By the way, this raises the general problem of losing at – least temporarily – the benefits associated with the cost of rearing labor. When a Filipina arrives in the US at 19, ready to work in a hospital, the fact is that I contributed nothing to the cost of bringing her up to that point. Someone else has, in the Philippines, most likely. It’s possible that on the average, the home remittances of such immigrant workers more than covers the cost of rearing and training them. I don’t know if it’s true, or how often. I would like to find out.

Author’s savant discussion of externalities seems (seems) to conclude that even if there is a loss to the country of origin, not much can be done. Of course, something can be done: Let the country of destination pay fees to someone or something in the country of origin that supported the cost of training the immigrant worker; in other words, re-imburse at low cost the expense incurred in creating an unearned benefit in the country of destination.

4 Policy makers in Europe are much exercised over the “lifeboat effect.” Even if immigrants’ arrival results in superior economic growth, even if it solves long term problems, as in Social Security, a sudden influx of large numbers may quickly overwhelm destination societies. It may markedly lower their standards of living. (Think of elementary school classes suddenly crowded with children who don’t know the teachers’ language.) I did not find that this article deals with this matter except between the lines, in an implied manner.

[Wholly theoretical Figure 1 does not help me with this although I am attracted to its curves.]

5 Author does his job as an economist well. He writes about the economics of emigration/immigration and he reports on solid research within the constraints of the discipline of economics discourse. But here are also political consequences of immigration we are free to discuss on this blog. (That’s what blogs are for, I think.) This is especially true for a libertarian blog because it poses squarely the problem of national boundaries, of the respect they are owed or not, of their convenience or inconvenience vis-a-vis libertarian aspirations.

Political consequences of immigration loom large in the imaginations of many people in the countries of destination. The manifestations of their concern are not all vacuous or ignorant, or hysterical. The 8 million Swiss -including many immigrants – may have good reason to wonder how many people they can absorb who think that separation of church and state is not only a bad idea but a major sin. Many French people of old French origin are openly racist. Among those responsible French people who are not racist at all, it’s common to worry about the short-term consequences of the legitimate burden high fertility immigrants place on their already sinking welfare system. (The high fertility is documented; it’s not a rumor.) Many American conservatives are worried about Mexican immigrants’ high propensity to vote Democratic. In the end, it’s possible to imagine a scenario where, in combination with other factors,** Mexican immigration helps turn the United States become a one-party state for all intents and purposes. Incidentally, I like Mexicans and I think they make first-rate immigrants. See my co-author articled with Nikiforov on my – Facts Matter – blog.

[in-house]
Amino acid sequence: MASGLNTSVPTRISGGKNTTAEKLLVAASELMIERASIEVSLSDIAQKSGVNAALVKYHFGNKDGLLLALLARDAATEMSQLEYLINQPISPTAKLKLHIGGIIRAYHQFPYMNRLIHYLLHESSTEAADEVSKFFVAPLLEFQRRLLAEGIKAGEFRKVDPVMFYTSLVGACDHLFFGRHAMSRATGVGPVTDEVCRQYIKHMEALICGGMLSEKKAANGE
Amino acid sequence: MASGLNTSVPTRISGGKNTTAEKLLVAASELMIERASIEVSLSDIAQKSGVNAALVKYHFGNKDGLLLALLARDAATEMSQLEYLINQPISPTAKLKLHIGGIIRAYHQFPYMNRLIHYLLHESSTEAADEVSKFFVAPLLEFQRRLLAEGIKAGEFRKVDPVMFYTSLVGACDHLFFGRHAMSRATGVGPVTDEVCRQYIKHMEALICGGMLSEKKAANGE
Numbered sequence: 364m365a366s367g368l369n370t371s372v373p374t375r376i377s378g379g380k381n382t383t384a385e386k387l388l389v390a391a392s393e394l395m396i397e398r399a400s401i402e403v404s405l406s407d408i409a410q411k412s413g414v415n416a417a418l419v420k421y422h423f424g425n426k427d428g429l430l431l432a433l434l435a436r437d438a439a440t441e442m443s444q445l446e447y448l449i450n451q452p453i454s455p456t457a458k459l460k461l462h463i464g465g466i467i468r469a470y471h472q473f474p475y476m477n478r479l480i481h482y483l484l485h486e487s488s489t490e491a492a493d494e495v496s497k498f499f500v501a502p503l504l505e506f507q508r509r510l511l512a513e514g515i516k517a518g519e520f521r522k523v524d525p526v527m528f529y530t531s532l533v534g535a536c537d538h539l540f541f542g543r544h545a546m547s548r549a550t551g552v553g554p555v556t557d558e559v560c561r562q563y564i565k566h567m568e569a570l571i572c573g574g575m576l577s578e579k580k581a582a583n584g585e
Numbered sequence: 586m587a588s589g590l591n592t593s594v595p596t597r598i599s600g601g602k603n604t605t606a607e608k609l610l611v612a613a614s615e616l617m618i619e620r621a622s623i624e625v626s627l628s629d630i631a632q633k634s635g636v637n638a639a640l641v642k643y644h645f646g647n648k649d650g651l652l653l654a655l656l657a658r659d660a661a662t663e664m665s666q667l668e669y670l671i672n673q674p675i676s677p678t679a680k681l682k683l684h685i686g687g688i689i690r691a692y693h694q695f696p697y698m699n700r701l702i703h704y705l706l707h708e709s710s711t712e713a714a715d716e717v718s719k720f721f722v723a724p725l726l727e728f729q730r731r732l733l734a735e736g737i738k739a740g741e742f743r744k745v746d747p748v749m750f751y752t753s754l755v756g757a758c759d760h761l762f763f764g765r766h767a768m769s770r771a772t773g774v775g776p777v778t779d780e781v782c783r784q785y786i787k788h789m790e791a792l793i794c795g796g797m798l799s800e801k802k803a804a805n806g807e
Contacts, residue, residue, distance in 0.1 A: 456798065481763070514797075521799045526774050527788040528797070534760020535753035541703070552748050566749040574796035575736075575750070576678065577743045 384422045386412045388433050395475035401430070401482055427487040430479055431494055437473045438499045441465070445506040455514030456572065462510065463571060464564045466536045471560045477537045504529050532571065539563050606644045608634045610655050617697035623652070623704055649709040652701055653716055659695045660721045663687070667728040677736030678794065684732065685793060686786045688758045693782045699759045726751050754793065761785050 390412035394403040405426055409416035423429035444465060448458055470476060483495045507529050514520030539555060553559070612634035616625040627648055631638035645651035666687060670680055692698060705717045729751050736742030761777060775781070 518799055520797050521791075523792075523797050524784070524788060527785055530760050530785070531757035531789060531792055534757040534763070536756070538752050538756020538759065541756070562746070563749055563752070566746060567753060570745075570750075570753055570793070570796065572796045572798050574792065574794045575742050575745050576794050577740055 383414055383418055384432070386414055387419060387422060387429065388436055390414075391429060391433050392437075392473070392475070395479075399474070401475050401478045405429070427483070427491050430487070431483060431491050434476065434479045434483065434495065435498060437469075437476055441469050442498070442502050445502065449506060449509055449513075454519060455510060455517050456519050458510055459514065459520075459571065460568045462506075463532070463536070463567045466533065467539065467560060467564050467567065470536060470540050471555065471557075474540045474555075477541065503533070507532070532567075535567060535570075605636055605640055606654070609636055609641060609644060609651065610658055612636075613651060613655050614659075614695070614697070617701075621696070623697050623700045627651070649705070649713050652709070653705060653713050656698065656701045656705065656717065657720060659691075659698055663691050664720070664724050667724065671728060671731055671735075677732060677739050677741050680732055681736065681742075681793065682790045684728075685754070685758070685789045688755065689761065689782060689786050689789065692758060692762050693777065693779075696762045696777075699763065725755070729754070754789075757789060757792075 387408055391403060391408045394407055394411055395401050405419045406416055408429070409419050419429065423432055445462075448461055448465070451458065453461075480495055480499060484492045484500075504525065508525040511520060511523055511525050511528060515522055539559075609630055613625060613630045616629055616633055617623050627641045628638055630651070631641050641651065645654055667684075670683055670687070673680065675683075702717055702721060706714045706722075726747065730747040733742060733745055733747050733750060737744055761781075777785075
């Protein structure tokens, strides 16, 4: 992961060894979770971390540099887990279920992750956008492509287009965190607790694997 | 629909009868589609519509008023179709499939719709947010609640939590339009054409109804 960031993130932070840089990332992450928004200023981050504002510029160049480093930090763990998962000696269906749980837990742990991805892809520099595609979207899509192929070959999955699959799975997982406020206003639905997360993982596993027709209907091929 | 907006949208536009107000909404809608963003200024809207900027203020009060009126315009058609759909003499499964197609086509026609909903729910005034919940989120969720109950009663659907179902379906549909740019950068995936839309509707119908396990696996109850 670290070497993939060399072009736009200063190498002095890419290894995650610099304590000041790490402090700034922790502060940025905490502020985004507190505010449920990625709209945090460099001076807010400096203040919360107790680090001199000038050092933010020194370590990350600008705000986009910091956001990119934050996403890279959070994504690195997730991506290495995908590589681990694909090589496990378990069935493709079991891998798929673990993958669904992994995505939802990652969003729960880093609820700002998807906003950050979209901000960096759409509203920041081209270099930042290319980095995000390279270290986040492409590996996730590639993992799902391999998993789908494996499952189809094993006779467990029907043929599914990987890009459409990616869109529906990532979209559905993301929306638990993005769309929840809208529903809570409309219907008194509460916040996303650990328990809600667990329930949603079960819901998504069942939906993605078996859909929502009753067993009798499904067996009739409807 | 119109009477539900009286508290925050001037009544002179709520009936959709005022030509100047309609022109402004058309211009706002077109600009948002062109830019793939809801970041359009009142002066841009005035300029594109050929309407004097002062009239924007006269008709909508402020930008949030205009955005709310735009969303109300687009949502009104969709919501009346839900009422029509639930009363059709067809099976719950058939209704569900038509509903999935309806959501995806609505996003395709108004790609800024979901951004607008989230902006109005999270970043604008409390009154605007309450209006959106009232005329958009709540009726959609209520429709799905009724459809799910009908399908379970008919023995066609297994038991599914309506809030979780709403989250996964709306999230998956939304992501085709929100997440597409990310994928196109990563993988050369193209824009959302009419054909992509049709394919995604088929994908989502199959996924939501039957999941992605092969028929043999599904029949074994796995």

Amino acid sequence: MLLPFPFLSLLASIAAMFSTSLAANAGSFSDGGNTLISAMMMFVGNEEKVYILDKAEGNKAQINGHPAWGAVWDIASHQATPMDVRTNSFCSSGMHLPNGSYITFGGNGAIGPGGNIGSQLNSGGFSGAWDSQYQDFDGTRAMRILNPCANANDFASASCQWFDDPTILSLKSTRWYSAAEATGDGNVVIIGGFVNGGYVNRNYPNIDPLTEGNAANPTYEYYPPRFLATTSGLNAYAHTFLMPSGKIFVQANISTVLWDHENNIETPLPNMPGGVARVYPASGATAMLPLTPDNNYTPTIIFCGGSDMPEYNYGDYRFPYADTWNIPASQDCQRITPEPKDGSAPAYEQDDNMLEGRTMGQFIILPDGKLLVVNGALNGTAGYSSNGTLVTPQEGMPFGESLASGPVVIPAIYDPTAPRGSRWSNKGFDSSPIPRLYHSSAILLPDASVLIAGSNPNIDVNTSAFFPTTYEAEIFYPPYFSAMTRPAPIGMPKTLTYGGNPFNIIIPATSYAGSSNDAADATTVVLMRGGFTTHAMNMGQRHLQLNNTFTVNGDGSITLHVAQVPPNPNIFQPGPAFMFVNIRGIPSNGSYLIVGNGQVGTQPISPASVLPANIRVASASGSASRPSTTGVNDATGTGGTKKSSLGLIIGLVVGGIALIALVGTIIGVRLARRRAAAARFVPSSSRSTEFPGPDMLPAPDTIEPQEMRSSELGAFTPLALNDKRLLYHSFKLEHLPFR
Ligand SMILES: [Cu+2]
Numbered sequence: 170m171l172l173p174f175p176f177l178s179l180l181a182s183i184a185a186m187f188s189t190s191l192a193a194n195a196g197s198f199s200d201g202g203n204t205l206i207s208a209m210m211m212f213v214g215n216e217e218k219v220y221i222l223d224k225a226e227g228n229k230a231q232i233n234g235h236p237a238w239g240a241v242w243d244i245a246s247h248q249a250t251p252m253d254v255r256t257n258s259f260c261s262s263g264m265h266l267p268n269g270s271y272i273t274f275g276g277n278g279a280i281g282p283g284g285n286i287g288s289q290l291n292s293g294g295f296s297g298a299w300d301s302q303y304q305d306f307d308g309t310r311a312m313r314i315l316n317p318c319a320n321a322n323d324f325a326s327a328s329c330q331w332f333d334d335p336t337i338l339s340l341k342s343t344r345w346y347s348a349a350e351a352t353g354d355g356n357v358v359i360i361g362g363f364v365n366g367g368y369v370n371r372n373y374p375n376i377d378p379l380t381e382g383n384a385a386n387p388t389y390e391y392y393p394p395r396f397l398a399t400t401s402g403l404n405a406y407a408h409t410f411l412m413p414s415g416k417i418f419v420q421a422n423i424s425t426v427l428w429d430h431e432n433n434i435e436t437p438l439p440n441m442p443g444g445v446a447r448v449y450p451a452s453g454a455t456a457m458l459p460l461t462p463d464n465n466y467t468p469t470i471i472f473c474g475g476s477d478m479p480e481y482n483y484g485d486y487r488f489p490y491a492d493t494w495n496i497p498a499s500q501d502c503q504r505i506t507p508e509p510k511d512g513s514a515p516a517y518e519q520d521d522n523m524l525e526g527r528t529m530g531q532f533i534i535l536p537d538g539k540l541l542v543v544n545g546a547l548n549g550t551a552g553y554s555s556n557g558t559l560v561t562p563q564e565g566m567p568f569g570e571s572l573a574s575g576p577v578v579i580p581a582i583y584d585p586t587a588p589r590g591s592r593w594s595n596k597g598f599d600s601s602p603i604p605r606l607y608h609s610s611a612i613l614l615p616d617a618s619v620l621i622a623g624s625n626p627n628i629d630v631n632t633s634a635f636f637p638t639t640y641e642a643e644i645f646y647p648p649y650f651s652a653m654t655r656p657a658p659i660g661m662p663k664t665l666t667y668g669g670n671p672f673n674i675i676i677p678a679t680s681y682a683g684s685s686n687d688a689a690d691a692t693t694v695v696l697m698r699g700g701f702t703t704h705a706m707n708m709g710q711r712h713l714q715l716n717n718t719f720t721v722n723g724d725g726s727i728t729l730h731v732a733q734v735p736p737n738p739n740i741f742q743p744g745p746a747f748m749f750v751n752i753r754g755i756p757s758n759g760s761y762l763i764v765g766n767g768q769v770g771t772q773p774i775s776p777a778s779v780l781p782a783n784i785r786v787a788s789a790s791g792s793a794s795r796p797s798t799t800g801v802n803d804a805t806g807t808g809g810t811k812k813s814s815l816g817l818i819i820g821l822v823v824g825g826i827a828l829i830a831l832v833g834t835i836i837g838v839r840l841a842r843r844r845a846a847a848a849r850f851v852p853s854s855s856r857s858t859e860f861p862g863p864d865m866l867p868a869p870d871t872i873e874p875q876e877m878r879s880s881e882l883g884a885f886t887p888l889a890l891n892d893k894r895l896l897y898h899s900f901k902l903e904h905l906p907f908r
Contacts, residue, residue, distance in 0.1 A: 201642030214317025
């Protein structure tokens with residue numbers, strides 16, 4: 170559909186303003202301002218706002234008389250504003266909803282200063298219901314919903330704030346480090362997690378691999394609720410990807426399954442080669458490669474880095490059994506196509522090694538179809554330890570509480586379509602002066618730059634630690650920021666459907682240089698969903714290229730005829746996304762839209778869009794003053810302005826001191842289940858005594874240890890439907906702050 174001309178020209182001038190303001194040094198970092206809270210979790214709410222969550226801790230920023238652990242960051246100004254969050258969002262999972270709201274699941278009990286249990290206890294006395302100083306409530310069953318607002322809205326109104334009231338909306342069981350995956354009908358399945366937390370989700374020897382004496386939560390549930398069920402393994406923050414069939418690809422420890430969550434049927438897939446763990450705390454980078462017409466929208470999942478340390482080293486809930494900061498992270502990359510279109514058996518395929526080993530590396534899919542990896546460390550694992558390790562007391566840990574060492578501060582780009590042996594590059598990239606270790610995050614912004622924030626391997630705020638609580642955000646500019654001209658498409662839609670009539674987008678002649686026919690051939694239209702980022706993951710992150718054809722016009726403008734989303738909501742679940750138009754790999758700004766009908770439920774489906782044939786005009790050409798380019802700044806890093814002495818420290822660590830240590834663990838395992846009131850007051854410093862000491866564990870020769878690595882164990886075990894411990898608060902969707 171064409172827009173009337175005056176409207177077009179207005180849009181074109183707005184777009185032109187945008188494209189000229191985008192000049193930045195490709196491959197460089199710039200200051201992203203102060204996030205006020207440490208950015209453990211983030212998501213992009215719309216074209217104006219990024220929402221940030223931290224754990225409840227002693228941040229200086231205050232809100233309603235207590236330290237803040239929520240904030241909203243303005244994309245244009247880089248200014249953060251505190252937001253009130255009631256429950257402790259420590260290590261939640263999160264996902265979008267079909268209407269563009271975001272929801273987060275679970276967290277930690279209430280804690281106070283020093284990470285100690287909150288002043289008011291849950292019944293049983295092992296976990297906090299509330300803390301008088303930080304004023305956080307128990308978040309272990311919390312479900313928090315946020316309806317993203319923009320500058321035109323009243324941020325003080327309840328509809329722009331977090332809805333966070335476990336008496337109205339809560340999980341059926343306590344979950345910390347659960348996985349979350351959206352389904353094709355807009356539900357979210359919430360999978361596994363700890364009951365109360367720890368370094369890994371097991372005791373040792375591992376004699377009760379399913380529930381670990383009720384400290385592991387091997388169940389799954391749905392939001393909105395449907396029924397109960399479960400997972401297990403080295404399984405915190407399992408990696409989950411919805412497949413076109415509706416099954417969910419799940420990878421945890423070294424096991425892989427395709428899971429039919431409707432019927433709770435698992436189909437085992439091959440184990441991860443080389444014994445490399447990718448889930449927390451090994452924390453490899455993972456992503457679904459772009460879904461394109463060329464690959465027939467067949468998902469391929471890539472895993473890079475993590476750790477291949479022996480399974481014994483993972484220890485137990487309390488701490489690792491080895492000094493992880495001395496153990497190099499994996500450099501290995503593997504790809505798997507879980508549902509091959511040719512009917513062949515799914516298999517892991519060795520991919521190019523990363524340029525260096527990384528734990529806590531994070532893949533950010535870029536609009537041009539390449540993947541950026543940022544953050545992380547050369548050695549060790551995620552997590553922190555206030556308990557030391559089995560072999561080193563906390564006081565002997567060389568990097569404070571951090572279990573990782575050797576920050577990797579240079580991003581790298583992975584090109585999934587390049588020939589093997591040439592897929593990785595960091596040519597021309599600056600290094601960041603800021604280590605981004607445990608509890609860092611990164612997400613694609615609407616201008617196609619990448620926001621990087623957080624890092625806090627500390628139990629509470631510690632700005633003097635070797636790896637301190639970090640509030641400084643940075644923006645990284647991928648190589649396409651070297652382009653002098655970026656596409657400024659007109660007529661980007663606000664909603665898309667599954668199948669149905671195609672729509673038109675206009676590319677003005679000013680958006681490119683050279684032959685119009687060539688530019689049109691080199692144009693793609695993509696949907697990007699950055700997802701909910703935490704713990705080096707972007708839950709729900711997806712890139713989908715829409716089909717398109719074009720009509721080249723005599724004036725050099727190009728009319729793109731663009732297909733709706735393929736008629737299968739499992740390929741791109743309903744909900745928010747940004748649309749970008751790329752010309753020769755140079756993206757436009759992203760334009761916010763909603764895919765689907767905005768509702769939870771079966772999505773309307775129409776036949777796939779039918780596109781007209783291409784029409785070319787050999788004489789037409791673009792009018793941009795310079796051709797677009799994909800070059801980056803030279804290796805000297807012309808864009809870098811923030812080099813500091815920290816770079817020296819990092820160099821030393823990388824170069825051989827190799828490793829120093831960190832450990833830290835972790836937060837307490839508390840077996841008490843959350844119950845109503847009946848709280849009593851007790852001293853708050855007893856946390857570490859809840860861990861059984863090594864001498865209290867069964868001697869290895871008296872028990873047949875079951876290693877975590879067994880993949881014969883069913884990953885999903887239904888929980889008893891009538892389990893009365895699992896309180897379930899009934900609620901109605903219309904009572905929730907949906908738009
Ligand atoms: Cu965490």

Sometimes, author handles humor a little too lightly: “Mayda (2006) finds that it is the wealthier, better educated, and less nationalist individuals in rich destination countries who have more favorable attitudes toward immigration.” Sure thing, I am thinking! They want a steady supply of maids and gardeners.

* As some readers already know ad nauseam, I am an immigrant myself. I had four siblings brought up in pretty much the same micro and macro environments as I. They all shared my mediocre level of educational attainment (high school or less). Three of my siblings never tried to move to a richer country as I did; another tried and failed. The difficulties inherent in emigration must select in favor of the desperate, the brave, and of the sociopathic. (Ask me for a good recent book on the latter.)

** The Republican Party’s current striking political incompetence (small p) looms large on my mind as I write this

10 thoughts on “From the Comments: Open Borders and Substantial Increases in GDP

  1. I’m (finally) going through the article… I’ll cut this comment short (ha!) and finish the article while my computer updates.